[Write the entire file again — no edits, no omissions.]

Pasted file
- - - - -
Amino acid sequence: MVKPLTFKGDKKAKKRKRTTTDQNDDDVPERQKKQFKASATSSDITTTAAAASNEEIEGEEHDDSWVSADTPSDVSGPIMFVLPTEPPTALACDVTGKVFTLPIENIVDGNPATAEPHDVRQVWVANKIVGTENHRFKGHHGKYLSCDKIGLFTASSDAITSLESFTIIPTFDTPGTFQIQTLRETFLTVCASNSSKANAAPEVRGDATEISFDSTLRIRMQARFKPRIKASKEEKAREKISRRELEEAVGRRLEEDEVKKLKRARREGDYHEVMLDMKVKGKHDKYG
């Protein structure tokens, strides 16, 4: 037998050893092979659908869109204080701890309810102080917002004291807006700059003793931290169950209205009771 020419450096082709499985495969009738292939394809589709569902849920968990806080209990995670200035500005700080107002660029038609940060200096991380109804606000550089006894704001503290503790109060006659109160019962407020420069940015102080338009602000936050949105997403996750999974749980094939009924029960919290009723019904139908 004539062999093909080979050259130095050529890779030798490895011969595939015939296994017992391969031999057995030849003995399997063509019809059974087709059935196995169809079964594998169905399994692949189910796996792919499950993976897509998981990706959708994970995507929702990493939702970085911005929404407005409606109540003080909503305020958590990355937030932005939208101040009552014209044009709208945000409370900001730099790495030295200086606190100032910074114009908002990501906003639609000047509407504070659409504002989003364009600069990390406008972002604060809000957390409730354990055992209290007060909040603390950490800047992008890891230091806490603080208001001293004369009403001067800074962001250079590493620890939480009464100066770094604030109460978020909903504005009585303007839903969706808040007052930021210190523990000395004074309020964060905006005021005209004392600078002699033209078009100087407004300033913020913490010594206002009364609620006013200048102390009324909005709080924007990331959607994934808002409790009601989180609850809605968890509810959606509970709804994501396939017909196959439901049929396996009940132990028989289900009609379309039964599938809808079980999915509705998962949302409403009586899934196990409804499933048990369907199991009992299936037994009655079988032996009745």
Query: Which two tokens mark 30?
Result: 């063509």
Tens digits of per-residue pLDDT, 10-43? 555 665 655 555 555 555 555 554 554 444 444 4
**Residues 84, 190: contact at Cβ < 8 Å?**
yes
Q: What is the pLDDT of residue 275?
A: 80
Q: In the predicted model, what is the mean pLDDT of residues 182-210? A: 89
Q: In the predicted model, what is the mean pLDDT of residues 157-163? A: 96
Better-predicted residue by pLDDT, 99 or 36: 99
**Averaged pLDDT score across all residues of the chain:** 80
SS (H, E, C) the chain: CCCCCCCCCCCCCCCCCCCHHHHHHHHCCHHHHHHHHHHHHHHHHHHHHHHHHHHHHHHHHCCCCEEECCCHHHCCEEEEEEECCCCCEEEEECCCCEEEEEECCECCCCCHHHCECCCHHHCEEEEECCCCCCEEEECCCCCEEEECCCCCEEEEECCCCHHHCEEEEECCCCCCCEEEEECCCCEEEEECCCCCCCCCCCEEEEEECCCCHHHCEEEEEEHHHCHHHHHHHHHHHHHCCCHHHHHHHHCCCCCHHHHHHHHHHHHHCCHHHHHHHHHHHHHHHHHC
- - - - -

Amino acid sequence: MVKPLTFKGDKKAKKRKRTTTDQNDDDVPERQKKQFKASATSSDITTTAAAASNEEIEGEEHDDSWVSADTPSDVSGPIMFVLPTEPPTALACDVTGKVFTLPIENIVDGNPATAEPHDVRQVWVANKIVGTENHRFKGHHGKYLSCDKIGLFTASSDAITSLESFTIIPTFDTPGTFQIQTLRETFLTVCASNSSKANAAPEVRGDATEISFDSTLRIRMQARFKPRIKASKEEKAREKISRRELEEAVGRRLEEDEVKKLKRARREGDYHEVMLDMKVKGKHDKYG
């Protein structure tokens, strides 16, 4: 037998050893092979659908869109204080701890309810102080917002004291807006700059003793931290169950209205009771 020419450096082709499985495969009738292939394809589709569902849920968990806080209990995670200035500005700080107002660029038609940060200096991380109804606000550089006894704001503290503790109060006659109160019962407020420069940015102080338009602000936050949105997403996750999974749980094939009924029960919290009723019904139908 004539062999093909080979050259130095050529890779030798490895011969595939015939296994017992391969031999057995030849003995399997063509019809059974087709059935196995169809079964594998169905399994692949189910796996792919499950993976897509998981990706959708994970995507929702990493939702970085911005929404407005409606109540003080909503305020958590990355937030932005939208101040009552014209044009709208945000409370900001730099790495030295200086606190100032910074114009908002990501906003639609000047509407504070659409504002989003364009600069990390406008972002604060809000957390409730354990055992209290007060909040603390950490800047992008890891230091806490603080208001001293004369009403001067800074962001250079590493620890939480009464100066770094604030109460978020909903504005009585303007839903969706808040007052930021210190523990000395004074309020964060905006005021005209004392600078002699033209078009100087407004300033913020913490010594206002009364609620006013200048102390009324909005709080924007990331959607994934808002409790009601989180609850809605968890509810959606509970709804994501396939017909196959439901049929396996009940132990028989289900009609379309039964599938809808079980999915509705998962949302409403009586899934196990409804499933048990369907199991009992299936037994009655079988032996009745």
Query: Which two tokens mark 30?
Result: 């063509």
Tens digits of per-residue pLDDT, 10-43? 555 665 655 555 555 555 555 554 554 444 444 4
**Residues 84, 190: contact at Cβ < 8 Å?**
yes
Q: What is the pLDDT of residue 275?
A: 80
Q: In the predicted model, what is the mean pLDDT of residues 182-210? A: 89
Q: In the predicted model, what is the mean pLDDT of residues 157-163? A: 96
Better-predicted residue by pLDDT, 99 or 36: 99
**Averaged pLDDT score across all residues of the chain:** 80
SS (H, E, C) the chain: CCCCCCCCCCCCCCCCCCCHHHHHHHHCCHHHHHHHHHHHHHHHHHHHHHHHHHHHHHHHHCCCCEEECCCHHHCCEEEEEEECCCCCEEEEECCCCEEEEEECCECCCCCHHHCECCCHHHCEEEEECCCCCCEEEECCCCCEEEECCCCCEEEEECCCCHHHCEEEEECCCCCCCEEEEECCCCEEEEECCCCCCCCCCCEEEEEECCCCHHHCEEEEEEHHHCHHHHHHHHHHHHHCCCHHHHHHHHCCCCCHHHHHHHHHHHHHCCHHHHHHHHHHHHHHHHHC